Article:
Expressions used in Everyday Spoken English in Social and Professional contexts

(be/get) on board (with)

on board
Meaning(s)
1) join a group/team
  • How to MemorizePopularity HighProfessional HighSocial
    • glad to have someone on board
  • Analysis
     'To get on board' with something means to accept and join a project or team or to contribute to it. It has a positive connotation of cooperation and support. This can be used in social contexts ("I told the tidy towns committee I was on board to help them"), but you are more likely to hear it being used in relation to talking about specific projects or proposals: "We hope to have a new consultant on board soon to help us with these issues."
  • Social Examples (Advance)
    1. The coach was delighted to have a player of Jane's capabilities on board for the new season.
    2. We are delighted to have you on board and to work with you in the new season.
    3. Since Jane has been on board our complaints have reduced by 20%.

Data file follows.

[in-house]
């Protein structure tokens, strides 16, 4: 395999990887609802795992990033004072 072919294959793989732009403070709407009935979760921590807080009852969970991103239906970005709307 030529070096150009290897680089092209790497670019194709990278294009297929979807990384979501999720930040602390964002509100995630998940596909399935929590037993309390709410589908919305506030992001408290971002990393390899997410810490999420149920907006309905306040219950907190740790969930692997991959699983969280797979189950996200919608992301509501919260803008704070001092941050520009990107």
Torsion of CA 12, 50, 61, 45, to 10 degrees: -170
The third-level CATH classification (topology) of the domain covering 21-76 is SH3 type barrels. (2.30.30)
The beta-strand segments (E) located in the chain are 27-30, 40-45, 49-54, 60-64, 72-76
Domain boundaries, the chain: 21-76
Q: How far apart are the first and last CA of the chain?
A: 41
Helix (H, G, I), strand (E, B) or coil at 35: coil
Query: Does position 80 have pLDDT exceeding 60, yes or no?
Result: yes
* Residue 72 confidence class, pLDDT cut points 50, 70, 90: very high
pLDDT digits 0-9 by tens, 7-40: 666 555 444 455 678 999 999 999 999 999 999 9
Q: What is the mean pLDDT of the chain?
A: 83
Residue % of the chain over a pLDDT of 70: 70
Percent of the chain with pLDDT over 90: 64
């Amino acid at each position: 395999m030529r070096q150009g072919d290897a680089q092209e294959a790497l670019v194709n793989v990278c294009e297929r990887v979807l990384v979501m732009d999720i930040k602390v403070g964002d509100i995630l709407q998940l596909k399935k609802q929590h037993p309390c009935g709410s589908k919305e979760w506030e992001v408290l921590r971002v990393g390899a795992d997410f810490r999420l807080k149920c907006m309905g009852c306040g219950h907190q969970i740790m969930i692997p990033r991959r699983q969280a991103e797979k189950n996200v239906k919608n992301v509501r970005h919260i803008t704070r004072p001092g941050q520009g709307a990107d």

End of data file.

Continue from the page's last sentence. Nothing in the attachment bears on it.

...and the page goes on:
• Professional Examples (Basic)
    1. Our company should be getting IT specialists on board to make sure we are up to date with the latest technology.
    2. Our team has a number of creative professionals on board to help you to realise your vision.
    3. I'd like to congratulate every individual who was on board with us and offered their support to us during the trial.
  • Further Suggestions
2) agree with, be willing to participate in something
  • How to MemorizePopularity HighProfessional HighSocial
    • get on board with the plan
  • Analysis
     To 'get on board' with something means to agree to an idea or a plan. It implies that there was some doubt that the person in question might accept the project or proposal to begin with. It has a positive connotation of cooperation and support. This can be used in social contexts ("We can't convince our oldest daughter to get on board with moving house"), but you are more likely to hear it being used in relation to talking about specific projects or proposals.
  • Social Examples (Basic)
    1. I had a hard time getting on board with the plan because I didn't think it would work.
    2. I can get on board with that idea. Sounds good to me!
  • Professional Examples (Basic)
    1. Everyone needed to be on board with the manager's tactics if the team was to have any chance of being successful.
  • Further Suggestions
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